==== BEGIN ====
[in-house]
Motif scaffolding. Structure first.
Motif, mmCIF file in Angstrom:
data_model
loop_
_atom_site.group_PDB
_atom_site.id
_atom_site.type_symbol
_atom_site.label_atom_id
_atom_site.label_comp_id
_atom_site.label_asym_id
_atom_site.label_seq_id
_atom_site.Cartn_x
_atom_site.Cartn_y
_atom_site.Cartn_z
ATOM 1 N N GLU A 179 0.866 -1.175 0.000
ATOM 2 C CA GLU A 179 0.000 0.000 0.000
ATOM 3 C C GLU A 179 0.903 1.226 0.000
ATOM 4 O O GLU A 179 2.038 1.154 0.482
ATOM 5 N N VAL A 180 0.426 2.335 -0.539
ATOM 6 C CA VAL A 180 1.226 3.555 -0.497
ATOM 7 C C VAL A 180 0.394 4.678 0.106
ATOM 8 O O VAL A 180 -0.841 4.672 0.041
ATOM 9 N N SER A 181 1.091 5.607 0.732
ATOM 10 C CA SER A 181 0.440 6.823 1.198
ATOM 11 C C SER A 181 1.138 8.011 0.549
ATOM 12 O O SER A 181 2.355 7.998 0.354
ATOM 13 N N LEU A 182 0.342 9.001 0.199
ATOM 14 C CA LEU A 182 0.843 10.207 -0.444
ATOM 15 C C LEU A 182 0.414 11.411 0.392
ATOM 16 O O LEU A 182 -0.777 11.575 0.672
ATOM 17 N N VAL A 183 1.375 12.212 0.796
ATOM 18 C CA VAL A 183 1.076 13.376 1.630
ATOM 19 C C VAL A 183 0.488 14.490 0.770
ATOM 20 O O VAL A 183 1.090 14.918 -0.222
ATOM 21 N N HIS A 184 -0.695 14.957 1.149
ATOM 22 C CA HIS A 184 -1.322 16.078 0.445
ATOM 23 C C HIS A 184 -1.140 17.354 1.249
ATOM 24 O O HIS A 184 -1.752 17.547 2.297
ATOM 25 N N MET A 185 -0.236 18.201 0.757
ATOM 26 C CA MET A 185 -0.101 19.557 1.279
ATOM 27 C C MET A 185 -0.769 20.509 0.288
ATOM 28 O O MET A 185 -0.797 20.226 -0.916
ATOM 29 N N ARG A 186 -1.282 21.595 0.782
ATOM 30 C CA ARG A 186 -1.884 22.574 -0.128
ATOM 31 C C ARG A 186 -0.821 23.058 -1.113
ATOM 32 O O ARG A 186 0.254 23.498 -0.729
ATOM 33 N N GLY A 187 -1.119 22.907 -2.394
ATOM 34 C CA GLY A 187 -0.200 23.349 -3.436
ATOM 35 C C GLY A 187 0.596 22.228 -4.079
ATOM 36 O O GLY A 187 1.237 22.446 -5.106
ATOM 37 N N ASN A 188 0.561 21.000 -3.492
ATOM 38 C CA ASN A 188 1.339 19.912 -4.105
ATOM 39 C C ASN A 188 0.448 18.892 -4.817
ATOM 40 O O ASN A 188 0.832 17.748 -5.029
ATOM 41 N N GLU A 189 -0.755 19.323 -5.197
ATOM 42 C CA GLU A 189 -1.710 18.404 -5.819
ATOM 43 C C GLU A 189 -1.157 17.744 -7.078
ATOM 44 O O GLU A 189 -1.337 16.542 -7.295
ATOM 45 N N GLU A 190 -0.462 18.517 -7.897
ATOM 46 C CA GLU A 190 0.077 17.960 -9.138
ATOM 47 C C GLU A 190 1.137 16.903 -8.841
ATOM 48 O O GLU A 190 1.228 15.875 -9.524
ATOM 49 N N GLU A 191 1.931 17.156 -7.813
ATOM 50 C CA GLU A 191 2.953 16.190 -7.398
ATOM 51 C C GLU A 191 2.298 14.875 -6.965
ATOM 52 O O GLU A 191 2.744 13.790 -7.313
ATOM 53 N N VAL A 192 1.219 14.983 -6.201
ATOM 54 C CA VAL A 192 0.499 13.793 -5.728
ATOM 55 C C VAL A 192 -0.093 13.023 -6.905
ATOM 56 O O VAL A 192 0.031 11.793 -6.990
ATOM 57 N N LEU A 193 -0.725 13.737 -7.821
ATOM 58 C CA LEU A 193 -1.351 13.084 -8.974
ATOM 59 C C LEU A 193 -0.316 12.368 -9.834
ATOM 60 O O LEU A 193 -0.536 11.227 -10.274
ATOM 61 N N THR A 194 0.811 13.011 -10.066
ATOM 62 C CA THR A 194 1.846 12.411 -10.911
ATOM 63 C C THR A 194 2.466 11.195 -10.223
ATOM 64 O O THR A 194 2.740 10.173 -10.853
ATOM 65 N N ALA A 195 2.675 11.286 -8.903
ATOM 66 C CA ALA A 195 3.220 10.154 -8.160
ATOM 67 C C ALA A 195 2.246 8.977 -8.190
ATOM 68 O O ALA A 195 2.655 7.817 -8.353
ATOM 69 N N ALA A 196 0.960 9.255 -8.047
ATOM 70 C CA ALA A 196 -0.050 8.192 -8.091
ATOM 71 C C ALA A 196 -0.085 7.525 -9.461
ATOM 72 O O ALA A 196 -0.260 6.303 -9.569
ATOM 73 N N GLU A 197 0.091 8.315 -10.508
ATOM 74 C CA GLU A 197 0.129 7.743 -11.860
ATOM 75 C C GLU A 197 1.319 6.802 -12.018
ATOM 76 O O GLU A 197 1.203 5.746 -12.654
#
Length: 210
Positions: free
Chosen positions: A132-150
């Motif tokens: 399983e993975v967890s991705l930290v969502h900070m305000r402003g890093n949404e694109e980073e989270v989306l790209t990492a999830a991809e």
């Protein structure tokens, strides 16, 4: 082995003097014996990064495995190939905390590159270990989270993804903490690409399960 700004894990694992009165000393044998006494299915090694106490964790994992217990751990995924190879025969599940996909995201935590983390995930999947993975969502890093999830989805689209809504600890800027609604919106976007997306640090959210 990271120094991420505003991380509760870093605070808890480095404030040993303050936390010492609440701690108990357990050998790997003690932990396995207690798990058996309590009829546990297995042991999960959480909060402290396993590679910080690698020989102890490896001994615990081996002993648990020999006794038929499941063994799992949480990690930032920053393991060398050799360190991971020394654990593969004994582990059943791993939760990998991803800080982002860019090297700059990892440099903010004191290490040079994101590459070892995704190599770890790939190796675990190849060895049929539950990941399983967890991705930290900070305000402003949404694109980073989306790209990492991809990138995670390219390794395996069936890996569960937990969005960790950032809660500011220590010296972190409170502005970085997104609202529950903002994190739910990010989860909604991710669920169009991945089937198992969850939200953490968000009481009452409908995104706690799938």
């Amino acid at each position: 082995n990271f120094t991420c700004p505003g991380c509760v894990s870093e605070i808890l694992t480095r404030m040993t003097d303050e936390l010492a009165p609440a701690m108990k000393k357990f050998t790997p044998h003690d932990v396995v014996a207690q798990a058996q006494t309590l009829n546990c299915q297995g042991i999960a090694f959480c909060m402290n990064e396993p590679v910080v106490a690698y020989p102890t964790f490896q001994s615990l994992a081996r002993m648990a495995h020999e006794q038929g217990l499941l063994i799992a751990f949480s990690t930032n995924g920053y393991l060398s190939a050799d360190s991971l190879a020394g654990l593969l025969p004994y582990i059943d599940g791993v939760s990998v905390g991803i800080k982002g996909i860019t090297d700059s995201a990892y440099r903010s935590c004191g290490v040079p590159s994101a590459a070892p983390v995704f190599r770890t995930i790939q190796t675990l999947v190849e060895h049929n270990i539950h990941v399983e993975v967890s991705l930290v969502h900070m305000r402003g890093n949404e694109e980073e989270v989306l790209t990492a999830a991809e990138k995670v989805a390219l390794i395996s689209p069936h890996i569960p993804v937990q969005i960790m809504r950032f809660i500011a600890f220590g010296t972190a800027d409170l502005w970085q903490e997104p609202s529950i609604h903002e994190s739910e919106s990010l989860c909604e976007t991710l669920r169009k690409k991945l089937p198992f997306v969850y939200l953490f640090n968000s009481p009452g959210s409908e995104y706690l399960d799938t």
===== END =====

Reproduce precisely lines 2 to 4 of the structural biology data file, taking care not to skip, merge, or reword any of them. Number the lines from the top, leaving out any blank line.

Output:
Motif scaffolding. Structure first.
Motif, mmCIF file in Angstrom:
data_model